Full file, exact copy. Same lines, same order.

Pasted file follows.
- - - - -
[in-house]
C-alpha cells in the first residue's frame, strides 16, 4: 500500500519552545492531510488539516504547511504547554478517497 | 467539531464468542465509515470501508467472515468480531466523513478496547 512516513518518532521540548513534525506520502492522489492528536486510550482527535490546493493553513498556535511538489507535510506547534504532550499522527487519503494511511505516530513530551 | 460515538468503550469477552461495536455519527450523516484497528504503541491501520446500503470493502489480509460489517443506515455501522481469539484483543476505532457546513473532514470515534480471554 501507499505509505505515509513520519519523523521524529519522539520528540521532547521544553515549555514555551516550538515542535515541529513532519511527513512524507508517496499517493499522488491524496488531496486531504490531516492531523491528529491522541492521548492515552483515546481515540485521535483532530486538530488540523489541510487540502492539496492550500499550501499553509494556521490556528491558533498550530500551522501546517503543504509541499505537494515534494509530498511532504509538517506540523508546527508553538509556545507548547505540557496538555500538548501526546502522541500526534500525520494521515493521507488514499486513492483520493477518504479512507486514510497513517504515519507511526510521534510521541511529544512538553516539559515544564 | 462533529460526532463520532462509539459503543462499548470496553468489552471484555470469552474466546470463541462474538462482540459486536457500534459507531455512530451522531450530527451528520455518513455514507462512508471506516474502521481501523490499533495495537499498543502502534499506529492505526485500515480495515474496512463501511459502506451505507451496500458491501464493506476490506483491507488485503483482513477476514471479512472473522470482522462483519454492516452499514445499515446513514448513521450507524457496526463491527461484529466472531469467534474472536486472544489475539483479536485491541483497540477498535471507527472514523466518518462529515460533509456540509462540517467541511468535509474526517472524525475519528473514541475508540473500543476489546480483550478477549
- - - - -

[in-house]
C-alpha cells in the first residue's frame, strides 16, 4: 500500500519552545492531510488539516504547511504547554478517497 | 467539531464468542465509515470501508467472515468480531466523513478496547 512516513518518532521540548513534525506520502492522489492528536486510550482527535490546493493553513498556535511538489507535510506547534504532550499522527487519503494511511505516530513530551 | 460515538468503550469477552461495536455519527450523516484497528504503541491501520446500503470493502489480509460489517443506515455501522481469539484483543476505532457546513473532514470515534480471554 501507499505509505505515509513520519519523523521524529519522539520528540521532547521544553515549555514555551516550538515542535515541529513532519511527513512524507508517496499517493499522488491524496488531496486531504490531516492531523491528529491522541492521548492515552483515546481515540485521535483532530486538530488540523489541510487540502492539496492550500499550501499553509494556521490556528491558533498550530500551522501546517503543504509541499505537494515534494509530498511532504509538517506540523508546527508553538509556545507548547505540557496538555500538548501526546502522541500526534500525520494521515493521507488514499486513492483520493477518504479512507486514510497513517504515519507511526510521534510521541511529544512538553516539559515544564 | 462533529460526532463520532462509539459503543462499548470496553468489552471484555470469552474466546470463541462474538462482540459486536457500534459507531455512530451522531450530527451528520455518513455514507462512508471506516474502521481501523490499533495495537499498543502502534499506529492505526485500515480495515474496512463501511459502506451505507451496500458491501464493506476490506483491507488485503483482513477476514471479512472473522470482522462483519454492516452499514445499515446513514448513521450507524457496526463491527461484529466472531469467534474472536486472544489475539483479536485491541483497540477498535471507527472514523466518518462529515460533509456540509462540517467541511468535509474526517472524525475519528473514541475508540473500543476489546480483550478477549